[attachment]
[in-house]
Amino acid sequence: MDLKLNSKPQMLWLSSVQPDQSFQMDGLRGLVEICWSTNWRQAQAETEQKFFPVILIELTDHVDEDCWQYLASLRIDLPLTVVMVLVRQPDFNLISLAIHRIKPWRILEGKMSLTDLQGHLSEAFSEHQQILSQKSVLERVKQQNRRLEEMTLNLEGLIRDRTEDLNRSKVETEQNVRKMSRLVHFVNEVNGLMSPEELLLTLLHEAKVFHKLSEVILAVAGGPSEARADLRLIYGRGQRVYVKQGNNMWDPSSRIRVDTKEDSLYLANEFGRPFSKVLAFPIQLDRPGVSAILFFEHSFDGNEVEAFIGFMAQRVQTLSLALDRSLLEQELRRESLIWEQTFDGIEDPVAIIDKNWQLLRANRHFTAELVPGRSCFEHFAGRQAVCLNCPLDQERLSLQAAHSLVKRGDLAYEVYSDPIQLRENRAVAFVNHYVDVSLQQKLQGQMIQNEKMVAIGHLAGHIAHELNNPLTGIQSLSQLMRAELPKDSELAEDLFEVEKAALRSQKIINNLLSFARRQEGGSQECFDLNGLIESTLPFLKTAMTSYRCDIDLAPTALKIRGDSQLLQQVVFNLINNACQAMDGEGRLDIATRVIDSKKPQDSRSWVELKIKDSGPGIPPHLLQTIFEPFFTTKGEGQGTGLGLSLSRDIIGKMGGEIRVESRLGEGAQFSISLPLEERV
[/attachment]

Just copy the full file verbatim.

[in-house]
Amino acid sequence: MDLKLNSKPQMLWLSSVQPDQSFQMDGLRGLVEICWSTNWRQAQAETEQKFFPVILIELTDHVDEDCWQYLASLRIDLPLTVVMVLVRQPDFNLISLAIHRIKPWRILEGKMSLTDLQGHLSEAFSEHQQILSQKSVLERVKQQNRRLEEMTLNLEGLIRDRTEDLNRSKVETEQNVRKMSRLVHFVNEVNGLMSPEELLLTLLHEAKVFHKLSEVILAVAGGPSEARADLRLIYGRGQRVYVKQGNNMWDPSSRIRVDTKEDSLYLANEFGRPFSKVLAFPIQLDRPGVSAILFFEHSFDGNEVEAFIGFMAQRVQTLSLALDRSLLEQELRRESLIWEQTFDGIEDPVAIIDKNWQLLRANRHFTAELVPGRSCFEHFAGRQAVCLNCPLDQERLSLQAAHSLVKRGDLAYEVYSDPIQLRENRAVAFVNHYVDVSLQQKLQGQMIQNEKMVAIGHLAGHIAHELNNPLTGIQSLSQLMRAELPKDSELAEDLFEVEKAALRSQKIINNLLSFARRQEGGSQECFDLNGLIESTLPFLKTAMTSYRCDIDLAPTALKIRGDSQLLQQVVFNLINNACQAMDGEGRLDIATRVIDSKKPQDSRSWVELKIKDSGPGIPPHLLQTIFEPFFTTKGEGQGTGLGLSLSRDIIGKMGGEIRVESRLGEGAQFSISLPLEERV